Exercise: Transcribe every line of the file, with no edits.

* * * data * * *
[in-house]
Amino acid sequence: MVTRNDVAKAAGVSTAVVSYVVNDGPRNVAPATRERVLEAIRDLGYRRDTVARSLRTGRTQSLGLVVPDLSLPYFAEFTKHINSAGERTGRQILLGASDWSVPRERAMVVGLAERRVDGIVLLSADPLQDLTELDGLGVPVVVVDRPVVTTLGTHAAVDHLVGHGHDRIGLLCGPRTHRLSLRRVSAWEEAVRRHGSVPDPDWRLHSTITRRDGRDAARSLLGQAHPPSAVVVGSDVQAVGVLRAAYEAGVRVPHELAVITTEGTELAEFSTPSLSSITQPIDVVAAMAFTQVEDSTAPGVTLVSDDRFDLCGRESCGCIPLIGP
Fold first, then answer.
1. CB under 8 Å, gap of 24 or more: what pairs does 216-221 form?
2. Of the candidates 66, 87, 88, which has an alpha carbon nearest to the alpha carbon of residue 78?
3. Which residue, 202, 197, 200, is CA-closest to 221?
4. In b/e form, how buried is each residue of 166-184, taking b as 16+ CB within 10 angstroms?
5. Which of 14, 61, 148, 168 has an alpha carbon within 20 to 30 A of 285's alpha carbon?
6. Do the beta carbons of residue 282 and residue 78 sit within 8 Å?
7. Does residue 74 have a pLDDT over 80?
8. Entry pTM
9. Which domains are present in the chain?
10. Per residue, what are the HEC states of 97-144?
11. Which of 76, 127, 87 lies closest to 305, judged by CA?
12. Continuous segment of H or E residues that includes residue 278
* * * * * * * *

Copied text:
[in-house]
Amino acid sequence: MVTRNDVAKAAGVSTAVVSYVVNDGPRNVAPATRERVLEAIRDLGYRRDTVARSLRTGRTQSLGLVVPDLSLPYFAEFTKHINSAGERTGRQILLGASDWSVPRERAMVVGLAERRVDGIVLLSADPLQDLTELDGLGVPVVVVDRPVVTTLGTHAAVDHLVGHGHDRIGLLCGPRTHRLSLRRVSAWEEAVRRHGSVPDPDWRLHSTITRRDGRDAARSLLGQAHPPSAVVVGSDVQAVGVLRAAYEAGVRVPHELAVITTEGTELAEFSTPSLSSITQPIDVVAAMAFTQVEDSTAPGVTLVSDDRFDLCGRESCGCIPLIGP
Fold first, then answer.
1. CB under 8 Å, gap of 24 or more: what pairs does 216-221 form?
2. Of the candidates 66, 87, 88, which has an alpha carbon nearest to the alpha carbon of residue 78?
3. Which residue, 202, 197, 200, is CA-closest to 221?
4. In b/e form, how buried is each residue of 166-184, taking b as 16+ CB within 10 angstroms?
5. Which of 14, 61, 148, 168 has an alpha carbon within 20 to 30 A of 285's alpha carbon?
6. Do the beta carbons of residue 282 and residue 78 sit within 8 Å?
7. Does residue 74 have a pLDDT over 80?
8. Entry pTM
9. Which domains are present in the chain?
10. Per residue, what are the HEC states of 97-144?
11. Which of 76, 127, 87 lies closest to 305, judged by CA?
12. Continuous segment of H or E residues that includes residue 278